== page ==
Shoots of hope?

Officially, winter starts next week in the UK.  Yet at the end of November, when branches are bare, flowers have died, and leaves are turning to mud in the gutters, it feels like it’s already here.  Days are short, temperatures dropping and our moods drop too as we brace ourselves for the cold and damp.

But even in the midst of such gloom we carry out small acts of hope.  Autumn is the time for planting bulbs.  In November, before the ground freezes, we plant the bulbs which will start growing roots ready to burst into flower in the spring.  We know that in a few months our hearts will be lifted by the snowdrops, crocuses, daffodils and tulips which will turn our drab winter gardens into a riot of colour.  We plant in hope.

Mission workers are no stranger to this feeling.  Most of us work in environments where we see little response, yet we carry on sowing the seed of the word of God.  As Alex reminded us a couple of weeks ago that this can often take years to come to fruition but we keep sowing it in faith anyway.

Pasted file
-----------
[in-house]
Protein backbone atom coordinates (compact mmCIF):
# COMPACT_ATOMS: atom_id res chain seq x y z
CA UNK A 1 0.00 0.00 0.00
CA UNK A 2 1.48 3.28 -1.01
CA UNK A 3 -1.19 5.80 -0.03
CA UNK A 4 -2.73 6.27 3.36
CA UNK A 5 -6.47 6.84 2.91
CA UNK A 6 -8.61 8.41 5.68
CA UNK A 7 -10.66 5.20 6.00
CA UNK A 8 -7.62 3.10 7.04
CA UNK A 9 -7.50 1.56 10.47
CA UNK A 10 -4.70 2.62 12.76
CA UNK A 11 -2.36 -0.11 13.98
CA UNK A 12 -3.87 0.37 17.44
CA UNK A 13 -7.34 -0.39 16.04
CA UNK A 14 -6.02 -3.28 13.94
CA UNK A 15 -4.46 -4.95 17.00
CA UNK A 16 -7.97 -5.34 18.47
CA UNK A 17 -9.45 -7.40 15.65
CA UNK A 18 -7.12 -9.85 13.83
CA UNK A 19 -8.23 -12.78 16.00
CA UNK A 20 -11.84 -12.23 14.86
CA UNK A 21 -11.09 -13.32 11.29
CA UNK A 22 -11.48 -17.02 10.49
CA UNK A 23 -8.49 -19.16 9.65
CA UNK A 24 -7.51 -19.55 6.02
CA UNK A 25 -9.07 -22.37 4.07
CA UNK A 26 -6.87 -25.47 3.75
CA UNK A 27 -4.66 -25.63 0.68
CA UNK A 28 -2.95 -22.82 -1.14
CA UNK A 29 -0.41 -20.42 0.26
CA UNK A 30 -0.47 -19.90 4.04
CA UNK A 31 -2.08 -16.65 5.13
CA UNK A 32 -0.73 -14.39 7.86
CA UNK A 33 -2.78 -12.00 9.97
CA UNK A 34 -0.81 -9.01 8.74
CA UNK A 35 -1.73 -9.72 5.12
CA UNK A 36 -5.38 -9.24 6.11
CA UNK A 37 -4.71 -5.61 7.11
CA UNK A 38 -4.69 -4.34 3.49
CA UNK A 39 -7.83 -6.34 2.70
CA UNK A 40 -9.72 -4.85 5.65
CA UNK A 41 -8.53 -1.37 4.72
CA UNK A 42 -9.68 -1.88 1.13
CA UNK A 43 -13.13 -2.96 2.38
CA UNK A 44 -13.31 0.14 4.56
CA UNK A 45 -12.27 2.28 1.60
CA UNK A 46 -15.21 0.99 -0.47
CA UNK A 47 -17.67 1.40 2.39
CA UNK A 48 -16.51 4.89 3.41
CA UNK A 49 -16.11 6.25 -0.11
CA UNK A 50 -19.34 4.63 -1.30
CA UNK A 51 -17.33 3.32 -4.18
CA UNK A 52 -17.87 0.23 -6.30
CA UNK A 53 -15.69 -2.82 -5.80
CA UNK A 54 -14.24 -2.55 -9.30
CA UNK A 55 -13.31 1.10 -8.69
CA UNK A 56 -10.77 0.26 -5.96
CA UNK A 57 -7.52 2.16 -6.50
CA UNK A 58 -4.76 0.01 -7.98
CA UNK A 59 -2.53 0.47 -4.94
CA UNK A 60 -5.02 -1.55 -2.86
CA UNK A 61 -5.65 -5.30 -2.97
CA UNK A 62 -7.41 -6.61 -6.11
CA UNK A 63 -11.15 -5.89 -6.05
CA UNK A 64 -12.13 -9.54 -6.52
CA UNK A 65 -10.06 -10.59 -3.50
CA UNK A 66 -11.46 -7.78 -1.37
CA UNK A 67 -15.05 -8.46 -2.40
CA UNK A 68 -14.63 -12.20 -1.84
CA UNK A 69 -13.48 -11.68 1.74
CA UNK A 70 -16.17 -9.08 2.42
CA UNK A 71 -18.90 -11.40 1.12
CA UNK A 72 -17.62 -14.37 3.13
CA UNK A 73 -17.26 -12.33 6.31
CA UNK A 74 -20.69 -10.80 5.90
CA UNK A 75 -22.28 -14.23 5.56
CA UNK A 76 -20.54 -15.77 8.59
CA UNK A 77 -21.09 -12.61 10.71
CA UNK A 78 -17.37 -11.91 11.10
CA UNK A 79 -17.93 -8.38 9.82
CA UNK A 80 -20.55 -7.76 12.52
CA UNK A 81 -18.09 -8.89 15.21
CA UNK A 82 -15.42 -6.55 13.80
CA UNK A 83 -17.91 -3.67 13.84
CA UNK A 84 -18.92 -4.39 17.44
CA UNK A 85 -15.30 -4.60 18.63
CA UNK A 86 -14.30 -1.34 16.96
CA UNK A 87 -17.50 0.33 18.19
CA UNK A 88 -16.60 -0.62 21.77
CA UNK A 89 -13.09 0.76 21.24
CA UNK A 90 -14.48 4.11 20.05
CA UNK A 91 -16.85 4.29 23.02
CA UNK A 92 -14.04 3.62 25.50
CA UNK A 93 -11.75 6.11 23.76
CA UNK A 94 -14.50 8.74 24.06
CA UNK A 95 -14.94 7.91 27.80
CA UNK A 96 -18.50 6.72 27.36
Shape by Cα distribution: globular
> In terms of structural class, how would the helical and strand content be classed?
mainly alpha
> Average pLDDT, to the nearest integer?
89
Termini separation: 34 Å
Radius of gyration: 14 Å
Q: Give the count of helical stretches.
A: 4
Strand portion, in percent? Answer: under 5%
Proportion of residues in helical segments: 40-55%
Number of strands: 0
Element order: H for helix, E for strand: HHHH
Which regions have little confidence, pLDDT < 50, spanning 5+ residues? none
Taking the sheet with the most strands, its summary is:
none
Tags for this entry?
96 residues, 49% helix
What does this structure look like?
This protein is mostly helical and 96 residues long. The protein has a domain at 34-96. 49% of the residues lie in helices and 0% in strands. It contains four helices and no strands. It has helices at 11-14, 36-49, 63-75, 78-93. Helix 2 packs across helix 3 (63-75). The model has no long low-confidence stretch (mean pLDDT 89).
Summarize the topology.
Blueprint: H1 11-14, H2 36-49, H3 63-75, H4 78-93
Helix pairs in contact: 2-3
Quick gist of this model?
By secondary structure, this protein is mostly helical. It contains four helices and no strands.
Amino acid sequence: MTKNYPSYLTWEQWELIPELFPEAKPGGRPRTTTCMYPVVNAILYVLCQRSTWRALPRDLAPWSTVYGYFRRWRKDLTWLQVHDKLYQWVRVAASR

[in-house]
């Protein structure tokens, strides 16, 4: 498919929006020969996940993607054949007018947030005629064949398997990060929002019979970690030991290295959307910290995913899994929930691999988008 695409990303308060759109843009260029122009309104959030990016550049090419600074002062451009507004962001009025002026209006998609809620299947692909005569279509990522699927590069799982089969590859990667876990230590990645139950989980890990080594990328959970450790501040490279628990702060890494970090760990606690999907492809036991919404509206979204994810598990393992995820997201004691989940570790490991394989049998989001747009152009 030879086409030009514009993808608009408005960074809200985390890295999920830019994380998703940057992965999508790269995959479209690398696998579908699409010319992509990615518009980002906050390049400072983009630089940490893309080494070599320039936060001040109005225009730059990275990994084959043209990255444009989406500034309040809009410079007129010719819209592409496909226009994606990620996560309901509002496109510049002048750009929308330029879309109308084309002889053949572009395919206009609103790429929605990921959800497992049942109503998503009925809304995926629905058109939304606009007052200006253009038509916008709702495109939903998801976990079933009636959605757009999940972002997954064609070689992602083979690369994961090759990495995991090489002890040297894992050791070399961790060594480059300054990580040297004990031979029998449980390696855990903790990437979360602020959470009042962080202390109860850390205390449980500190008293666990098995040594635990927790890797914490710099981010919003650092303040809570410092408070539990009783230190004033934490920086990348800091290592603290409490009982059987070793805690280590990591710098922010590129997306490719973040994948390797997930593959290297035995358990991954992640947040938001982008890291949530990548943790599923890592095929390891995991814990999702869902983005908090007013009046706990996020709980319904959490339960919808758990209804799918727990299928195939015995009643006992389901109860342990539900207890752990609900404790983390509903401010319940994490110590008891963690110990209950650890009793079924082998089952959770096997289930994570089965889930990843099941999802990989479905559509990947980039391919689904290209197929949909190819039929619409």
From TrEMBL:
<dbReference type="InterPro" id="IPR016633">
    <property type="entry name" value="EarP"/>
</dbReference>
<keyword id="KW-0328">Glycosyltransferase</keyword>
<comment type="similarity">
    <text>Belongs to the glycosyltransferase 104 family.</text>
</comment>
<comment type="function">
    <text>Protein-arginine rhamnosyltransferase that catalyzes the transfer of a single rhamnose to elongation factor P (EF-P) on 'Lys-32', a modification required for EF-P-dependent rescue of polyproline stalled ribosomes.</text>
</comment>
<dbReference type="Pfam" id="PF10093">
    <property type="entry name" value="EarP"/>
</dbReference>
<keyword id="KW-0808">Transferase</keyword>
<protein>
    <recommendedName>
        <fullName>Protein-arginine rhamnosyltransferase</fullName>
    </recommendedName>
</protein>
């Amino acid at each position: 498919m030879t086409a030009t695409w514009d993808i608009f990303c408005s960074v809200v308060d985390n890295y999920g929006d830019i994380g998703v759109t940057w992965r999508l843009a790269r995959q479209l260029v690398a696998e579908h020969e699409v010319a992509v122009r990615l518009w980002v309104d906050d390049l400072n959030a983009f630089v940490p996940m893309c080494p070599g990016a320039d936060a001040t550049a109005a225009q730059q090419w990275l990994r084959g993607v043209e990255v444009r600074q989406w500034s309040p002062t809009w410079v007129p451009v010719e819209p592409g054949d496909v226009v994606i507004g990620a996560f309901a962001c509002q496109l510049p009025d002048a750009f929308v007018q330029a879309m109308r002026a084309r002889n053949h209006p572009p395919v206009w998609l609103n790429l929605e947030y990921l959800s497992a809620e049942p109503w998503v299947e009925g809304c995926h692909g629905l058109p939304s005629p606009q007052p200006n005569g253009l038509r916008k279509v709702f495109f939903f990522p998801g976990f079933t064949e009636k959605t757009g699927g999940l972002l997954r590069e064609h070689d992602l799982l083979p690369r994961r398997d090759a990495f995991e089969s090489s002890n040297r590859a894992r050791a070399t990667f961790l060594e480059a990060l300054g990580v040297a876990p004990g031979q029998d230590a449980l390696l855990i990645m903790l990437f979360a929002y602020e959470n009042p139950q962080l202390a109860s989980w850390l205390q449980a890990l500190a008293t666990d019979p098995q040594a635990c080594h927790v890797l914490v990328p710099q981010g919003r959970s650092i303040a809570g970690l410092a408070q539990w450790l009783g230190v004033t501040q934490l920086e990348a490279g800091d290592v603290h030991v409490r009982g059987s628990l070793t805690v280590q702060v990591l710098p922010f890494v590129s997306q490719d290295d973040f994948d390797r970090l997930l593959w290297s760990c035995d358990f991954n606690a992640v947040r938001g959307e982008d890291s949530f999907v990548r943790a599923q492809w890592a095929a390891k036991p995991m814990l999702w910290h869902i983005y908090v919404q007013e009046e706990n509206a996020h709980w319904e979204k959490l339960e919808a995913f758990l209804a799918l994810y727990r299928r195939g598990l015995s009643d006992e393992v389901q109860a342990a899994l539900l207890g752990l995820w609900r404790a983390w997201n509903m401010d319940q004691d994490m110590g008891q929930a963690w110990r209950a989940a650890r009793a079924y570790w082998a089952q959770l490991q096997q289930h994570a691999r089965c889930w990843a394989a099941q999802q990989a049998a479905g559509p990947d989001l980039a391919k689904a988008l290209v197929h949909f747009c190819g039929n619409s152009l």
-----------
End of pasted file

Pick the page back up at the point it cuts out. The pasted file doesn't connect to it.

Sadly our supporters sometimes expect the harvest to come quickly.  “How many people have you led to the Lord this year?” they might ask.  Churches may threaten to withdraw funding if there is no evidence of people turning to Christ as a result of our labours.  This can put us under pressure, make us worker harder, pray harder, preach harder, even succumb to the temptation to coerce people into coming to church.

There is a short parable in Mark’s gospel which can encourage us in this situation.  Tucked away between the more famous parables of the sower and the mustard seed, this one is about the growth of the seed.   It’s short enough to repeat in full:

This is what the kingdom of God is like. A man scatters seed on the ground.  Night and day, whether he sleeps or gets up, the seed sprouts and grows, though he does not know how.  All by itself the soil produces grain—first the stalk, then the head, then the full kernel in the head.  As soon as the grain is ripe, he puts the sickle to it, because the harvest has come.

(Mark 4:28-29)

He does not know how.  The growth of the seed is not dependent on the farmer.  He plants it, waits patiently, and reaps the crop in due time.  Let us not worry about the mechanics of what is going on in people’s hearts.  That’s God’s job.  We plant the seed, he makes it grow.  And we are privileged, in partnering with him in his mission, so be called his fellow-workers (1 Corinthians 3:6-9).  So let’s concentrate on our part of the work, and leave him to do his bit.